Thermodynamic Accuracy and Transferability of Coarse Grained Models and Applications to Petrochemical Systems

Restricted (Penn State Only)
Dunn, Nicholas Jeremiah
Graduate Program:
Doctor of Philosophy
Document Type:
Date of Defense:
September 12, 2018
Committee Members:
  • William George Noid, Dissertation Advisor
  • William George Noid, Committee Chair
  • Vincent Henry Crespi, Committee Member
  • Michael Anthony Hickner, Committee Member
  • Kristen Ann Fichthorn, Outside Member
  • coarse grained modeling
  • asphaltenes
  • bocs
  • molecular dynamics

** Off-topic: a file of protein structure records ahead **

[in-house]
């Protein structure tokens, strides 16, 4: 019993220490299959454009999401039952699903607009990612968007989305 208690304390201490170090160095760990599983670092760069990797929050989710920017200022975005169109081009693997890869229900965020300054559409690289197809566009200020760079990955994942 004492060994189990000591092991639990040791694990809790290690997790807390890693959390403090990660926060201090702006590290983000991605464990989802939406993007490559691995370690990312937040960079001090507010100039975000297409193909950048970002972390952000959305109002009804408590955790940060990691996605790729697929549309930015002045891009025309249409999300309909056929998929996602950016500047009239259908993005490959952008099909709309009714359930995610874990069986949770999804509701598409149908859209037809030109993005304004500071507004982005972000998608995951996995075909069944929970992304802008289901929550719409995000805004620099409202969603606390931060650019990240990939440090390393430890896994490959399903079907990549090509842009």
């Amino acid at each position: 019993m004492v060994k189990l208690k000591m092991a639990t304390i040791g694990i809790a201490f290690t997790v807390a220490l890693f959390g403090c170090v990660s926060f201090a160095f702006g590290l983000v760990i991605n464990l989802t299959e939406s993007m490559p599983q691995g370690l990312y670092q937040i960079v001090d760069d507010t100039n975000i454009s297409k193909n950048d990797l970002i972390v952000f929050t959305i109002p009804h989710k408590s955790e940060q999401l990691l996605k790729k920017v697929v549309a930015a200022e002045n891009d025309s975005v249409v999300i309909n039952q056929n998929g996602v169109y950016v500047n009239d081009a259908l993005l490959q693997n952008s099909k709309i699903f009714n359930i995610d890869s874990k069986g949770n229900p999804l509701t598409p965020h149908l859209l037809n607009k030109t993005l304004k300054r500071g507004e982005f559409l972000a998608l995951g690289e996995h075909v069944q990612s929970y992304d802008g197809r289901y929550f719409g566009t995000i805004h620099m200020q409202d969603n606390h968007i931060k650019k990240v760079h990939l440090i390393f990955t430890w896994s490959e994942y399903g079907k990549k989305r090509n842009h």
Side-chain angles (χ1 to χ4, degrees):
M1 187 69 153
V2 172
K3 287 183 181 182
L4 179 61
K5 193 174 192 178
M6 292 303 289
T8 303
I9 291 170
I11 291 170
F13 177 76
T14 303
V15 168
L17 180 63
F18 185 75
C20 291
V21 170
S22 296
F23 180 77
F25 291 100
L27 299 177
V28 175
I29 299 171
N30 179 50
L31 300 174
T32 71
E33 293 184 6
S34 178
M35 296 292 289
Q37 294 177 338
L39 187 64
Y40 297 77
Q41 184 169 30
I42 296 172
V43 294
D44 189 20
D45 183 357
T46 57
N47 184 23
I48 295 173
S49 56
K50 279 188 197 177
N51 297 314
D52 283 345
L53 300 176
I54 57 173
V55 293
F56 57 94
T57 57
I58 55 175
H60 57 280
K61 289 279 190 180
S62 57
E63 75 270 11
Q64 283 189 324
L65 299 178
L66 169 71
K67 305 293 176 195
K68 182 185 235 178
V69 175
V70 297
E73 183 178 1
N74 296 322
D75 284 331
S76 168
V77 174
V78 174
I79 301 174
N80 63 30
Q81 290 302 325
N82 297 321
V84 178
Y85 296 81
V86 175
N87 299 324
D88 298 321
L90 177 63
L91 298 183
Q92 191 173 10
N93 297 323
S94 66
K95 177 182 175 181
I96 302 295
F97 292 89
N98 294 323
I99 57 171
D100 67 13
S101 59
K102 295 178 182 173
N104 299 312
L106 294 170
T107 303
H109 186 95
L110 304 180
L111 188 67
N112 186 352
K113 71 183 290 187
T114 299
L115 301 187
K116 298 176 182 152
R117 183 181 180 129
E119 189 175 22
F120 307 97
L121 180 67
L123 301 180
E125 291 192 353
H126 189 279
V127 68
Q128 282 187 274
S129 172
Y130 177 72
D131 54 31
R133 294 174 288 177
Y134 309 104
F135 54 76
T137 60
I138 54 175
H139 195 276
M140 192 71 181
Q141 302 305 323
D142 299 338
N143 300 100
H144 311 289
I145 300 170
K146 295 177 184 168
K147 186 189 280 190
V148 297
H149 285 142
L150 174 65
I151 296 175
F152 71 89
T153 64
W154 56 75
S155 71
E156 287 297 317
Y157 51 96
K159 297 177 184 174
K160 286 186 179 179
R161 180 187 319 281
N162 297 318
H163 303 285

Asphaltenes are a problematic fraction of crude oil known for their propensity for aggregation during oil extraction and processing. This aggregation is an expensive problem for the petroleum industry, as it is difficult to predict, prevent, or reverse. Asphaltenes have been difficult to study via experimental methods due to the complexity of the asphaltene fraction as well as its propensity for aggregating at very low concentrations. As a result, computational techniques such as molecular dynamics (MD) simulations are an appealing approach to studying asphaltenes. However, simulating relatively large-scale, slowly evolving processes such as mesoscale aggregation at an all-atom (AA) level of resolution is infeasible using even the latest high-performance computing hardware. Coarse-grained (CG) modeling has emerged as a method of reducing the computational complexity of AA MD simulations by coarsening out degrees of freedom and grouping atoms together into CG sites. This reduction in resolution simplifies simulations using the resulting models, extending the length- and time-scales accessible by MD simulation. In order to be useful for studying real systems, CG models must incorporate the correct physics to accurately describe the system they represent. There are two main methods for incorporating these physics into CG models via parame- terization: top-down and bottom-up modeling. Top-down CG models use simple functional forms for their interaction potentials and are parameterized to reproduce experimentally observable properties of the target system. The resulting models accurately reproduce the targeted properties and are transferable to other state points, but may not accurately represent the fine structural details of the system. Bottom-up CG models are parameterized using information from simulations of an underlying AA model and may use more complex functional forms. The correct potential for a bottom-up CG model is the potential of mean force (PMF). The PMF contains all of the information necessary for the CG model to reproduce all properties of the AA model at the CG level of representation. However, the PMF is too complex to determine or use in simulation, so bottom-up models almost always use a potential that is an approximation to the configuration-dependent portion of the PMF. As a result of neglecting the state-point dependence of the PMF, these approximations generally do not provide accurate descriptions of the thermodynamic properties of the underlying AA model and are not transferable away from the state point of their parameterization. This work implements methods for improving the thermodynamic accuracy and transferability of bottom-up CG models and studies petrochemical systems as examples for demonstrating these methods. Chapters 2, 3, and 4 of this work examine the volume-dependence of the PMF using bottom-up CG models of the the petrochemical solvents heptane and toluene as example systems. We implement the volume-dependent pressure correction devised by Das and Andersen for use with bottom-up CG models, and demonstrate that this method obtains qualitative but not quantitative agreement with the PV equation of state of the underlying AA model. We extend this pressure-matching method with a self-consistent iterative procedure that generates CG models that quantitatively reproduce the PV equation of state of the underlying AA model. We further demonstrate this method for use in parameterizing a transferable CG model that is accurate across a range of system compositions. Chapter 5 presents the open-source release of the BOCS software package used to parameterize the bottom-up models in Chapters 2-4. Finally, Chapter 6 presents a top-down toy model for asphaltenes to study nanoaggregate formation over a range of solvent conditions and molecular structures.